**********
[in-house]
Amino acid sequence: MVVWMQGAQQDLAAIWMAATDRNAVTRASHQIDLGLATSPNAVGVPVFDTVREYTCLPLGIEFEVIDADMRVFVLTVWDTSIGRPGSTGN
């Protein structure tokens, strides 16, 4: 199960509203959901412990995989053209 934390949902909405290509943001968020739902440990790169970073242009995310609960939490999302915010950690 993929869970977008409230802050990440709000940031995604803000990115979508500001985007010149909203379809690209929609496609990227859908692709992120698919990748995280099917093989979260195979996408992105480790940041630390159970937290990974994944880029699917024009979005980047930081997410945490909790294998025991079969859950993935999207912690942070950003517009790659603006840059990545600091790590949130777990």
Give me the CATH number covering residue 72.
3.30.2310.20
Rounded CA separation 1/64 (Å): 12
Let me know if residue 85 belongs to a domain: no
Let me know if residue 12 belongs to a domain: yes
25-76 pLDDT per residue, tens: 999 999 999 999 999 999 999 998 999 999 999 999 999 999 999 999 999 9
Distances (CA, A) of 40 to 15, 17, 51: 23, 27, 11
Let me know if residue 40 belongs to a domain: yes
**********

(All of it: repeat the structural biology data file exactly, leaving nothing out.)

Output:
[in-house]
Amino acid sequence: MVVWMQGAQQDLAAIWMAATDRNAVTRASHQIDLGLATSPNAVGVPVFDTVREYTCLPLGIEFEVIDADMRVFVLTVWDTSIGRPGSTGN
């Protein structure tokens, strides 16, 4: 199960509203959901412990995989053209 934390949902909405290509943001968020739902440990790169970073242009995310609960939490999302915010950690 993929869970977008409230802050990440709000940031995604803000990115979508500001985007010149909203379809690209929609496609990227859908692709992120698919990748995280099917093989979260195979996408992105480790940041630390159970937290990974994944880029699917024009979005980047930081997410945490909790294998025991079969859950993935999207912690942070950003517009790659603006840059990545600091790590949130777990």
Give me the CATH number covering residue 72.
3.30.2310.20
Rounded CA separation 1/64 (Å): 12
Let me know if residue 85 belongs to a domain: no
Let me know if residue 12 belongs to a domain: yes
25-76 pLDDT per residue, tens: 999 999 999 999 999 999 999 998 999 999 999 999 999 999 999 999 999 9
Distances (CA, A) of 40 to 15, 17, 51: 23, 27, 11
Let me know if residue 40 belongs to a domain: yes